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## Main Question or Discussion Point

I thought this was a super cool vector, example problem from

Next, we can say that since it's a unit vector, then the magnitude must be equal to one, and hence [itex]B_x^2 + B_y^2 = 1^2[/itex].

Now we have two equations to solve [itex]B_x[/itex] and [itex]B_y[/itex] with!

I thought this was a great example, neatly combining all the definitions and ideas we'd learned so far.

*An Introduction to Classical Mechanic*by K&K. It says:The solution first begins by recognizing that since the problem is asking to find a unit vector perpendicular toThe problem is to ﬁnd a unit vector lying in the x−y plane that is perpendicular to the vector A = (3, 5, 1).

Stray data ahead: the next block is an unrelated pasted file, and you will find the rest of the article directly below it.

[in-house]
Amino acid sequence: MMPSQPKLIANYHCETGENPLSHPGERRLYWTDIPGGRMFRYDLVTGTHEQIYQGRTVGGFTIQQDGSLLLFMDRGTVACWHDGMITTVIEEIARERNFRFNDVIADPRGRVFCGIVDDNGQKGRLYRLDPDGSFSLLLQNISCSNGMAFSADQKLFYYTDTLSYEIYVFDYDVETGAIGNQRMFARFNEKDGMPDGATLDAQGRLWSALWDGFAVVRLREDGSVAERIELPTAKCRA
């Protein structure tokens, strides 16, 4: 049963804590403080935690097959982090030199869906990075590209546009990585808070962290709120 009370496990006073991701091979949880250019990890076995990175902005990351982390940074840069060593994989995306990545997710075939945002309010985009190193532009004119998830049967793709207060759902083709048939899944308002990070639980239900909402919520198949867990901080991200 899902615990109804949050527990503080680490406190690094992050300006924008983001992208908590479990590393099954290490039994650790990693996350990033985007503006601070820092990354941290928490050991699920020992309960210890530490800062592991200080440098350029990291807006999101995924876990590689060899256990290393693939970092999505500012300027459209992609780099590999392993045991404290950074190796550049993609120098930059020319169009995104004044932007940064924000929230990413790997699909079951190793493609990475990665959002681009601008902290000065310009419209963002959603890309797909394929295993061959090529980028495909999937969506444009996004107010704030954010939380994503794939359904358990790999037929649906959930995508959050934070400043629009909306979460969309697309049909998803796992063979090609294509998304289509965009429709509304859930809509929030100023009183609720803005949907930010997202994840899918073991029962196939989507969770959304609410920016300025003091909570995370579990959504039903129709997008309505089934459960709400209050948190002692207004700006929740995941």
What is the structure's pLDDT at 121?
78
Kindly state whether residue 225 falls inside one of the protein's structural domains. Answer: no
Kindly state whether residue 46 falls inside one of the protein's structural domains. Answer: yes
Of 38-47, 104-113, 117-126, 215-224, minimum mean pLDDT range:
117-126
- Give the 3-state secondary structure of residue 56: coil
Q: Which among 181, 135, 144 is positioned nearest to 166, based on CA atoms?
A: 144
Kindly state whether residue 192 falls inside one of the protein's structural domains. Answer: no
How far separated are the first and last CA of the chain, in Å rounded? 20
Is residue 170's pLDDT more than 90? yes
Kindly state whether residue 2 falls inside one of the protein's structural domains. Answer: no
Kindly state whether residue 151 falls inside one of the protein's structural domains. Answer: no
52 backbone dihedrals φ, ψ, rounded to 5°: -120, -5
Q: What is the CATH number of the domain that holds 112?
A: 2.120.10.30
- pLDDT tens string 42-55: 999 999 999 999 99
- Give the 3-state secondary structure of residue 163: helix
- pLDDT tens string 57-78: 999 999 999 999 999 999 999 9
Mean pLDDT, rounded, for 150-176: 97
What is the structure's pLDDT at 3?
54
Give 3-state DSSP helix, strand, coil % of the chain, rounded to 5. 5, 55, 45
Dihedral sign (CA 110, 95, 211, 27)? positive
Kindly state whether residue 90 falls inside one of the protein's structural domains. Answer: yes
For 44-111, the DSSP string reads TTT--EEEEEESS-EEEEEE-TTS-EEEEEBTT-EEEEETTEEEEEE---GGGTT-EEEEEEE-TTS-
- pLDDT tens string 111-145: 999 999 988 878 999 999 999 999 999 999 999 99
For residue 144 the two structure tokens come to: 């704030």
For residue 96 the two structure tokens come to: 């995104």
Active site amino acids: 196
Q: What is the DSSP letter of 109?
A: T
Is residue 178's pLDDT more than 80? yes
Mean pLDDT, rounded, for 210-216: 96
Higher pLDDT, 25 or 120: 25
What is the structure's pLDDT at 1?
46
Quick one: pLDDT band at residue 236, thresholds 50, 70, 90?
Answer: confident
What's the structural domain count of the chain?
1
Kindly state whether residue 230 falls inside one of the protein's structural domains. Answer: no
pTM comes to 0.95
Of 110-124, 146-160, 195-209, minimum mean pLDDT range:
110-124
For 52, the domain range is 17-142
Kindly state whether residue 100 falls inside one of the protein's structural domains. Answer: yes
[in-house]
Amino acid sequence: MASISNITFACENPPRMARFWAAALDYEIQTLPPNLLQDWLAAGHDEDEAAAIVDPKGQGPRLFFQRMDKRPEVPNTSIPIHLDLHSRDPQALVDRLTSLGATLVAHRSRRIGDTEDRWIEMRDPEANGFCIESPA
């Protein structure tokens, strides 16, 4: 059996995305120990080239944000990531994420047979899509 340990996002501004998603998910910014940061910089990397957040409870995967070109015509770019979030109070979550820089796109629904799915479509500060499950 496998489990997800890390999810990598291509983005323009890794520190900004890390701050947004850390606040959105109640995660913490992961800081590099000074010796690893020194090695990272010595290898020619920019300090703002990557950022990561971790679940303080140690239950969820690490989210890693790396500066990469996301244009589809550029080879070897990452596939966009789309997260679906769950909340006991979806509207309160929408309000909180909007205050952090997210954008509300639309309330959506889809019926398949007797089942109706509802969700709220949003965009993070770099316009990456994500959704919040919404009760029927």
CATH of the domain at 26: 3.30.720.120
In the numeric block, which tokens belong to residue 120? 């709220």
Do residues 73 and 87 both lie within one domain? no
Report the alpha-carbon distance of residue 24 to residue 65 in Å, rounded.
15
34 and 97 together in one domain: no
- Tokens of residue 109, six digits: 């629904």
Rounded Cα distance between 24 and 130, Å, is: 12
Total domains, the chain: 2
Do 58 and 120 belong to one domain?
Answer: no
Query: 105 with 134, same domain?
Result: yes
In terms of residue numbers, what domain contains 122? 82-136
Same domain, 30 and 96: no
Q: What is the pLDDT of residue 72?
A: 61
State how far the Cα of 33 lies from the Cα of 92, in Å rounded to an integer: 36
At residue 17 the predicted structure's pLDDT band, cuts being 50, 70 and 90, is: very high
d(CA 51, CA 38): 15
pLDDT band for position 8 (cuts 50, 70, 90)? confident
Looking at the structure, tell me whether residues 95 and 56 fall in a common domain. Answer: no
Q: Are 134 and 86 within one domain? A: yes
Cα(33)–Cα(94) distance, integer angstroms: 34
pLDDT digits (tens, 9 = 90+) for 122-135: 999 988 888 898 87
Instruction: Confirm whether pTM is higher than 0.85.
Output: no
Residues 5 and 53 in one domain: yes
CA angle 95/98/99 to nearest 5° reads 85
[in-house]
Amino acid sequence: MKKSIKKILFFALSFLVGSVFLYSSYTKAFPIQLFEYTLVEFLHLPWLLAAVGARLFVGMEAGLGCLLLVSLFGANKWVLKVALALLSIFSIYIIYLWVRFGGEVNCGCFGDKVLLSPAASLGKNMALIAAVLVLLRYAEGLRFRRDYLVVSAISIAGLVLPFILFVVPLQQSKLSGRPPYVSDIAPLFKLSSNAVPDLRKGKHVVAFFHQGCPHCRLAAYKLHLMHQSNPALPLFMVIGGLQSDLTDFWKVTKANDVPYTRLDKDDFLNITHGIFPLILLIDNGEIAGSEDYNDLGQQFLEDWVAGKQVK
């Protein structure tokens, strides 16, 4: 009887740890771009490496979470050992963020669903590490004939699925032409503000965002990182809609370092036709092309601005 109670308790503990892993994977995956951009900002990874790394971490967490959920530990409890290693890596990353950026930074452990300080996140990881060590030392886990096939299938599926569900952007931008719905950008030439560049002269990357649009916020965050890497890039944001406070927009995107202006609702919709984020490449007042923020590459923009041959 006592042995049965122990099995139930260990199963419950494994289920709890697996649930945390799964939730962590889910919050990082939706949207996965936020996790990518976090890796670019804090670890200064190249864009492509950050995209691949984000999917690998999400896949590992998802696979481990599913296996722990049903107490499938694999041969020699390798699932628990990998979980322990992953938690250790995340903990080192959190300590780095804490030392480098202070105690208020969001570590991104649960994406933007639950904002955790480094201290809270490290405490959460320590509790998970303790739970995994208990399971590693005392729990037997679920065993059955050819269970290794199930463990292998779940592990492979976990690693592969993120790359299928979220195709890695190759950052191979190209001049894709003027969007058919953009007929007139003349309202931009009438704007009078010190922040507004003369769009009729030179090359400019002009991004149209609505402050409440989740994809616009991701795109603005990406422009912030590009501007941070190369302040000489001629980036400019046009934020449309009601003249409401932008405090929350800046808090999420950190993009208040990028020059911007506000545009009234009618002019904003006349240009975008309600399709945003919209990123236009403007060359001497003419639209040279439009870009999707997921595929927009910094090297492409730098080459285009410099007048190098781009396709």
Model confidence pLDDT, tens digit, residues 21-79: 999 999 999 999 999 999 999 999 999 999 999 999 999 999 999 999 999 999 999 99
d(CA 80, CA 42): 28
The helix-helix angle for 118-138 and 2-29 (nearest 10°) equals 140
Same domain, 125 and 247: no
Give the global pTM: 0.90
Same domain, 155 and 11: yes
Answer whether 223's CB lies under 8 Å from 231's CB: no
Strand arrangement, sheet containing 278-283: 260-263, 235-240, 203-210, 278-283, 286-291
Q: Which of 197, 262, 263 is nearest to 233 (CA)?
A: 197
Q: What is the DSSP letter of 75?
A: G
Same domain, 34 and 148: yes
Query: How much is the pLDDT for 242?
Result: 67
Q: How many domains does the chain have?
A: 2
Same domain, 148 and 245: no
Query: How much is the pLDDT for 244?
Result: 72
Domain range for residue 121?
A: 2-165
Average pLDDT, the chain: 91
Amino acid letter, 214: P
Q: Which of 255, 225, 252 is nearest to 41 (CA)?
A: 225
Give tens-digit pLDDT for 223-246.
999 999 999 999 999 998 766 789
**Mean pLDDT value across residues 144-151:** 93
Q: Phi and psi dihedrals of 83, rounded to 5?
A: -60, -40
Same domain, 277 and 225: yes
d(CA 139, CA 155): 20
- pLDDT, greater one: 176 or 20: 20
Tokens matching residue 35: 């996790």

**A**, then we can conversely say that the dot product of**A**and**B**must be equal to zero. And by using the vector component definition of the dot product, [itex]A \cdot B = A_x B_x + A_y B_y = 0[/itex], we can set up our first equation: [itex]3B_x + 5B_y = 0[/itex].Next, we can say that since it's a unit vector, then the magnitude must be equal to one, and hence [itex]B_x^2 + B_y^2 = 1^2[/itex].

Now we have two equations to solve [itex]B_x[/itex] and [itex]B_y[/itex] with!

I thought this was a great example, neatly combining all the definitions and ideas we'd learned so far.